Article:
Sinking foundations in Amsterdam

Wooden pilings and Foundation subsidence

Foundations built on wooden pilings may subside (gradually sink) for various reasons. The quality of the foundation and the shell of the building are recorded using foundation codes. The City of Amsterdam monitors foundation subsidence.

sinking foundations in Amsterdam

Since the ground beneath Amsterdam is very soft, many buildings in the city are built on wooden pilings. These wooden beams were pounded into a deeper layer of sand that is solid enough to bear the weight of a building. A stone foundation was built on top of those pilings.

As the wooden pilings age and deteriorate, a building may show signs of subsidence (sink slightly). Changes in groundwater level, soil compaction and soil accumulation can intensify subsidence. Sometimes there were not enough pilings used to build the foundation, or they were too short, too narrow, or the wood was poor quality.


Built before 1930

Buildings constructed before 1930 are more likely to have foundation problems. Most of these are located inside the A10 motorway ring. Since 1930, building codes and construction techniques have improved, and concrete was used more often.


cracks, skewing, rising damp

Subsidence leads to cracks, skewing, rising damp, and structural problems. Eventually, it can become dangerous and make a building unsafe to live in. If that happens, the building needs maintenance or the foundation needs to be repaired or replaced. That has already happened in many buildings in recent years.


foundation codes

A foundation code (funderingscode) shows the quality of the building shell and the foundation. It also shows how soon the foundation will need to be repaired. Pay attention to this code when buying a home. A foundation code is always part of a foundation report.

There are four foundation codes:

Code 1: the quality is good. This is rare in foundations from before 1925.
Code 2: the quality is sufficient. The foundation will not require maintenance in the next 25 years. Minimal damage can be expected within that time.
Code 3: the quality is substandard. Minor damage can be expected within 10 to 15 years.
Code 4: the quality is insufficient. You will need to repair or replace the foundations immediately.
Pay particular attention to the date of the foundation study. The foundation may have deteriorated (more quickly) over time, so a new study might result in a different foundation code.

measuring bolts

In order to monitor subsidence, the City has placed measuring bolts in building façades in nearly all the neighbourhoods within the A10 motorway ring. These special bolts are used to take systematic measurements of subsidence and monitor progress closely.

Measuring bolt data on subsidence can be viewed online.

Zoom in to see the measuring bolt. Each point on the map is a measuring bolt; the colour shows the extent of the subsidence. Click on the dot to see the measurements for each bolt.

Foundation repairs

Repairing a foundation can be a major undertaking. Generally, it involves inserting new pilings to support the foundation, pushing them into the ground alongside the old foundation pilings.

foundations of monuments

In order to repair municipal monuments, you can apply for a low-interest loan from the Amsterdams Restauratiefonds (Amsterdam Restoration Fund).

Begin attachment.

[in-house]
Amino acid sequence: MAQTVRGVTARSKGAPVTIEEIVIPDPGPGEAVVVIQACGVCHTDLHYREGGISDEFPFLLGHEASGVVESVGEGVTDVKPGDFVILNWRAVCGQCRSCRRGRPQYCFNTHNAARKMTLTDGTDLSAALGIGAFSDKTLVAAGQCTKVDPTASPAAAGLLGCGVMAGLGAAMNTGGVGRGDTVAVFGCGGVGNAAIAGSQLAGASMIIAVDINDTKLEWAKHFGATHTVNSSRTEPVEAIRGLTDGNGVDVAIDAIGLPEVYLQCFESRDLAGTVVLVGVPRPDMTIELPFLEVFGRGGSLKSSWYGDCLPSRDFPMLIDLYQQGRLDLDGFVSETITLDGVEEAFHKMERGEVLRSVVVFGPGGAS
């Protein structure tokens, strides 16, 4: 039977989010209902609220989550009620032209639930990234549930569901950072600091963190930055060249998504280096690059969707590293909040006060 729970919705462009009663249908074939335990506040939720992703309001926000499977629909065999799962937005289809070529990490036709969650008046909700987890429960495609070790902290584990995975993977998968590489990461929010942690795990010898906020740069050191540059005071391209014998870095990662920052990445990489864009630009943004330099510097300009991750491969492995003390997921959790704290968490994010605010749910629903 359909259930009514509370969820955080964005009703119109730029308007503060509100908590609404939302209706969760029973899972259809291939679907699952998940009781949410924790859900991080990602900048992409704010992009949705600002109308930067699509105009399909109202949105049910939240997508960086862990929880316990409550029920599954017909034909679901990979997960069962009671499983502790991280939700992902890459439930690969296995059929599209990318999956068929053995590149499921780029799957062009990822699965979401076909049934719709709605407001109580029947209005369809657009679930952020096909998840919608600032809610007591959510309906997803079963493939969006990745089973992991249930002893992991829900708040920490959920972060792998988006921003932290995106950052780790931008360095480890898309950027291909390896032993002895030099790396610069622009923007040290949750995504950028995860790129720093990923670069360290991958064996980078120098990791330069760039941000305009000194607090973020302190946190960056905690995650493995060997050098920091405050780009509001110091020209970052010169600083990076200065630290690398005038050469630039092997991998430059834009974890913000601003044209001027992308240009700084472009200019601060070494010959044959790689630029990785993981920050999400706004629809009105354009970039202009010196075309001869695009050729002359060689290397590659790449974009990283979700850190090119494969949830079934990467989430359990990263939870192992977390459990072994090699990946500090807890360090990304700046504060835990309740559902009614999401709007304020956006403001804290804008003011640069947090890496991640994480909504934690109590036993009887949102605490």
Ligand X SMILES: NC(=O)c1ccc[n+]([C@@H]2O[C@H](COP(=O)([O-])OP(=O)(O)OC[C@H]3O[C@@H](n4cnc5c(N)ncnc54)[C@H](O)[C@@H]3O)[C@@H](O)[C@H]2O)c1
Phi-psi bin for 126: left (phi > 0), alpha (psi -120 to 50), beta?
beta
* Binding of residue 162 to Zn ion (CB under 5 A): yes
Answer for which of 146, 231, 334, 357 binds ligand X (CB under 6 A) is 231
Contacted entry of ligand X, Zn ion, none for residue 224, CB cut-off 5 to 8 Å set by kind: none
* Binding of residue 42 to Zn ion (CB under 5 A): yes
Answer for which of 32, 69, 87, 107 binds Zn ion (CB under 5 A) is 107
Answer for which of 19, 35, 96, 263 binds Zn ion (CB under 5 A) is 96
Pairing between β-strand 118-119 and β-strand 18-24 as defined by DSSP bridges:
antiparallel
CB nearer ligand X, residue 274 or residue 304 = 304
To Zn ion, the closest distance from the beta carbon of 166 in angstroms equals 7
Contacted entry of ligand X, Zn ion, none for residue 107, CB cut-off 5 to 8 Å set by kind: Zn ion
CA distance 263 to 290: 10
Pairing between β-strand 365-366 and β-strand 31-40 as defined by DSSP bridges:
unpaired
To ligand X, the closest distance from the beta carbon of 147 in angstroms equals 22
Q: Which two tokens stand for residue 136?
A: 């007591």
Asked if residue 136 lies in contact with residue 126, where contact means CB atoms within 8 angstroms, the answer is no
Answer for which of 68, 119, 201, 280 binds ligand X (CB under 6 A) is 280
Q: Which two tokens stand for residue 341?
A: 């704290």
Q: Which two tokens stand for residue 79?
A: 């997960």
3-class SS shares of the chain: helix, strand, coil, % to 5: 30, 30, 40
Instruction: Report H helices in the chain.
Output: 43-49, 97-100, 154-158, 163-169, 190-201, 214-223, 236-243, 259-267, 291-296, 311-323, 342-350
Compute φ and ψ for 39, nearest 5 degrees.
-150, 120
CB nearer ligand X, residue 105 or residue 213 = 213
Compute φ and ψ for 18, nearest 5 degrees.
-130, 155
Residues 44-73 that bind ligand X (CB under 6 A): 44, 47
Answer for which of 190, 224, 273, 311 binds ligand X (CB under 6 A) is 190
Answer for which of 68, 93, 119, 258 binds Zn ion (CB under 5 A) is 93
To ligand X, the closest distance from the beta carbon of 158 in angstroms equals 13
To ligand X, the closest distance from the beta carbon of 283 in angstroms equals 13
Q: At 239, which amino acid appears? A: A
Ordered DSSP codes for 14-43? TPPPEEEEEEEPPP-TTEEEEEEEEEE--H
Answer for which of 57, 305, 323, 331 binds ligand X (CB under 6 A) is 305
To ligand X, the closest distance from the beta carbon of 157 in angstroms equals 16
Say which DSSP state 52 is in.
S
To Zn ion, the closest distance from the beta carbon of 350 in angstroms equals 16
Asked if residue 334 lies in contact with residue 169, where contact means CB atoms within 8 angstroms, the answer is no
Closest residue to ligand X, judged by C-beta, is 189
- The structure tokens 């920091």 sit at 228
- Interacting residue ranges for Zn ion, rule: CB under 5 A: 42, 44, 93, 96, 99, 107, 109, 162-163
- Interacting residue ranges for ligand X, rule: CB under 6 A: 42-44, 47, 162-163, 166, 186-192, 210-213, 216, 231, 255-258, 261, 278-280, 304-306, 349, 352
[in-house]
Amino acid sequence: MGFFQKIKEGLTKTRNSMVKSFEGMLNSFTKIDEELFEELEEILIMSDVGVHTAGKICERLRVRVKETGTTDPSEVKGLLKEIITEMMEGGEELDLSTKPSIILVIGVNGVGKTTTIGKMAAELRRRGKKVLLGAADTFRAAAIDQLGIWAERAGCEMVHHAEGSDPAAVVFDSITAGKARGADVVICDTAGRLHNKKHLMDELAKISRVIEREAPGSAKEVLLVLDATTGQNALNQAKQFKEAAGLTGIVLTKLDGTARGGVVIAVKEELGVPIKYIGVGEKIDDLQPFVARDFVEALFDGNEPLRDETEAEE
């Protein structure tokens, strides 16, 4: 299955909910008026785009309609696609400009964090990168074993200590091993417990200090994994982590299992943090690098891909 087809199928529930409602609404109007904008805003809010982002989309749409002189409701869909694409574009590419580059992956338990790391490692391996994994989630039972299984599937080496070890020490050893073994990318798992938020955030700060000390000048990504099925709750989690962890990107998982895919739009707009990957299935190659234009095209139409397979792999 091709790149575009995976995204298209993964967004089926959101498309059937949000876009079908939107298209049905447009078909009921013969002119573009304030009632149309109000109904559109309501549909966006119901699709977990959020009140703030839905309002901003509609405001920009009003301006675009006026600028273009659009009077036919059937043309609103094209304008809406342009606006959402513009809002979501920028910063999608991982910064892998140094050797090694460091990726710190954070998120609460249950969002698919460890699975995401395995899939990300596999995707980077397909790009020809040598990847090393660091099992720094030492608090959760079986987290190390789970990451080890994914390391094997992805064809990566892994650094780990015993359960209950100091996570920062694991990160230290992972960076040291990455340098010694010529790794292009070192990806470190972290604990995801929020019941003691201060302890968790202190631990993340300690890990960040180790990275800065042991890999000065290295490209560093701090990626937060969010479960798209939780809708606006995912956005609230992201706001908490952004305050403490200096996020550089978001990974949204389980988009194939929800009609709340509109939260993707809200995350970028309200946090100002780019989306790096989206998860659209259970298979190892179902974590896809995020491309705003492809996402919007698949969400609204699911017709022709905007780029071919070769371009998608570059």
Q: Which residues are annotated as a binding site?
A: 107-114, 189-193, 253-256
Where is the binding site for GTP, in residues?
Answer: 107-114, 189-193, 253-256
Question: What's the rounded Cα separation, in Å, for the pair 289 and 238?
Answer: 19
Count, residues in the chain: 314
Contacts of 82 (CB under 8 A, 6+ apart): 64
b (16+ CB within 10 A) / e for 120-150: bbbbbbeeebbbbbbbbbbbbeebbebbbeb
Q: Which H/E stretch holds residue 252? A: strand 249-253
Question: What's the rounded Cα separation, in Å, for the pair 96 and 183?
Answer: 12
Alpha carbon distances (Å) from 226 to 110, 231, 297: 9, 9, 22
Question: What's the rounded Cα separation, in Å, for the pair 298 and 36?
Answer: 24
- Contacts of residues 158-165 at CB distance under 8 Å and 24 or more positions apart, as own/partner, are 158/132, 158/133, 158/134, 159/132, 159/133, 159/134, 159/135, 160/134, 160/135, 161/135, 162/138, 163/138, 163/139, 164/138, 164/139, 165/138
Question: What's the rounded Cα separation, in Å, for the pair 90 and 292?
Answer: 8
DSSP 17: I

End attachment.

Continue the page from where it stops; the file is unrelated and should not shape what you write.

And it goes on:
For more information, please contact:

Gemeente Amsterdam
Monumenten en Archeologie
PO Box 10718
1001 ES Amsterdam
+31 (0) 20 251 4900


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If you have commissioned a Building Survey then you can request this. We can only offer this by prior arrangement as we have to make sure the vendor is content for this to happen — sometimes they say no — and we also ask for payment before the survey. Please ask when you book your survey. We will give you a time to meet us, which will usually be towards the end of our survey. Any earlier and we won’t be able to tell you anything substantive — please note that we cannot do our job properly if you stay for the whole inspection as it is distracting and prevents us from giving you the best service. We find that usually around 20 minutes is enough for us to explain our findings to you.

The length of time the inspection takes is dependent on the size of the property and the extent of any defects that may be identified. For guidance, an inspection of a typical three-bedroom house in reasonable order may take several hours. Larger properties and properties with multiple defects will take more time. For very big houses two surveyors may work together.

We try, wherever possible, to dispatch our report a day or so after the inspection. Building surveys in particular are often 40 or 50 pages long and are all individually written so this takes time. If required, a brief verbal report can be made available upon receipt of payment.

We are confident in our abilities.

However, our surveys do have ‘get out’ clauses, but we do not hide behind them. Our surveys are always definitive. Basically, we’ll report on what we can see and not on what we can’t. We can’t guess, but we can give a considered opinion.

Our small print will be written clearly, is easy to understand and we stick by our quoted fee.

Check our Survey Terms and Conditions.

Absolutely not! A mortgage valuation is just that, a valuation of the property commissioned by your mortgage or loan lender, and written purely for their benefit to assess the risk of their loan against the resale value of the property.
A survey is written for you as the prospective buyer (or home owner), to give you the best possible assessment of the property’s condition, required repairs and maintenance, etc.